Without the multiplier, the Transportation Department’s proposed rules are completely unattainable. The Journal noted this scandal is buried deep in the Federal Register—on page 36,987 of volume 65.

Since the tax credits “lack legal support,” and have “no basis”, all the beneficiaries should have to return their illegal gains. The biggest beneficiary is Tesla. This is where Tesla makes its profits. They sell the carbon credits to other brands that don’t make and sell enough EVs to meet the EPA standards. All other brands lose money on each electric vehicle. It’s not known who exactly bought the credits and for how much, but they are sold to other car companies that missed out on emissions standards of the #california Air Resources Board.

Just to be clear, this is wrong morally, and likely is illegal if challenged in court. This is a massive scandal reminiscent of the diesel-emissions cheating that rocked #germany automakers. This was the governments way of getting automakers on boards with EVs. Forcing them into compliance.

Now the government is going to remove this EV factor and implode automakers because they will not be able to comply with the EPA's regulations. This inflated figure is not simply a boastful statistic. It serves as a conduit for carmakers to accumulate compliance credits, which can then be traded for cash. This issue remained largely invisible to the public eye until recently, when environmental groups brought its illegality into the spotlight.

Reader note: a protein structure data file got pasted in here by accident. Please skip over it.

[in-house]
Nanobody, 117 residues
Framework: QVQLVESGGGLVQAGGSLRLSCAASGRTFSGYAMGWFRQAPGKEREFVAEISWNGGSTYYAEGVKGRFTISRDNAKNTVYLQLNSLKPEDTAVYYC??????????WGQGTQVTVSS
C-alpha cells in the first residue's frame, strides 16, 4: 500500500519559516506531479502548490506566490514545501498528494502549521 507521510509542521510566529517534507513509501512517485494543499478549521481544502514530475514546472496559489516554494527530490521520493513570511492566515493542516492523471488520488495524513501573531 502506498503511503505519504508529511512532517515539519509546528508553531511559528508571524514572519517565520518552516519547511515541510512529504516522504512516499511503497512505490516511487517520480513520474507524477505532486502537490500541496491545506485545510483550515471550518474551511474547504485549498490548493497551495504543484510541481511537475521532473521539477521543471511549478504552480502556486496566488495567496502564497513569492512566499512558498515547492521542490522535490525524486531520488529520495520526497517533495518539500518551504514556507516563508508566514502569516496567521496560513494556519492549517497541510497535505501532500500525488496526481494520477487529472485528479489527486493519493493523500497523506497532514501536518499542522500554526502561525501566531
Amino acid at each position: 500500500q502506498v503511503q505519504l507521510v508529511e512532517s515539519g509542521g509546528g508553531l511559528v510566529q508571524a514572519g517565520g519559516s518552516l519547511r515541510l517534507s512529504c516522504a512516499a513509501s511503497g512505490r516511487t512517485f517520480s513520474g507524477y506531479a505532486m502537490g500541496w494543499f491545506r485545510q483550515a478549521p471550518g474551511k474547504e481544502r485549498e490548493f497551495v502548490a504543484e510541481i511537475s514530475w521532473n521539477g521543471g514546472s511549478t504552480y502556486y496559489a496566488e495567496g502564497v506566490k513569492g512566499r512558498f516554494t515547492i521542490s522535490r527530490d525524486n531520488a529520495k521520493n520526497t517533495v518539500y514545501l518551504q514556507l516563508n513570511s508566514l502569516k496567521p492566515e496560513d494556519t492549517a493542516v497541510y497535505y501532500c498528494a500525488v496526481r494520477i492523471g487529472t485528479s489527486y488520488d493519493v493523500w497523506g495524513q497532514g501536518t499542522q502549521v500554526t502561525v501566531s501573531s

Not me!
That was the Wall Street Journal.

I will report that EV sales are still going ok here in California, due to the pervasive car culture, plus various $ incentives and record warm weather.

More people than ever are charging EVs in our neighborhood.
 
Not me!
That was the Wall Street Journal.

I will report that EV sales are still going ok here in California, due to the pervasive car culture, plus various $ incentives and record warm weather.

More people than ever are charging EVs in our neighborhood.
LOL I know - I was just being facetious....and to your point, it is MSM proof that government and big industry are in collusion with each other in ruinous ways.
 
Hard time staying away from politics with a topic like this
Not going to keep repeating it

Talking about government regulations of EV is perfectly fine in here, but collusion, payoffs, political pandering, or anything else of a political nature goes against our base rules. No politics it’s very simple.
 
Please chill folks.

I quoted the WSJ because they do soft peddle the politics. Well, as much as anyone in the biz.

The engineering clearly wasn’t up to snuff, manufacturers all have to hustle to market first and to meet tough financial goals, so people fudge the reports to make things smell better.

It happens in every business. It also gets discovered (nearly always). I fully expect more such deviations from good sense to be discovered.

I am seeing another troubling thing in the manufacturing side. Big magnesium castings are now much easier to make than big aluminum ones. This reduces weight too.

But it is usually reserved for aircraft and racers, because magnesium burns just about like lithium does. Nearly impossible to extinguish. It also develops stress cracks easily. It needs regular inspections.

There is another thing that scares me about that business, and that is that the rejection rate will necessarily be higher than with lower technology materials. Also the raw material cost is higher, so there is more pressure to approve borderline parts.

This came to mind because of the current LG refrigeration scandal, in which millions of refrigerators were shipped out with defective compressors, rather than scrap them, shut down a production line, and wait for new replacements.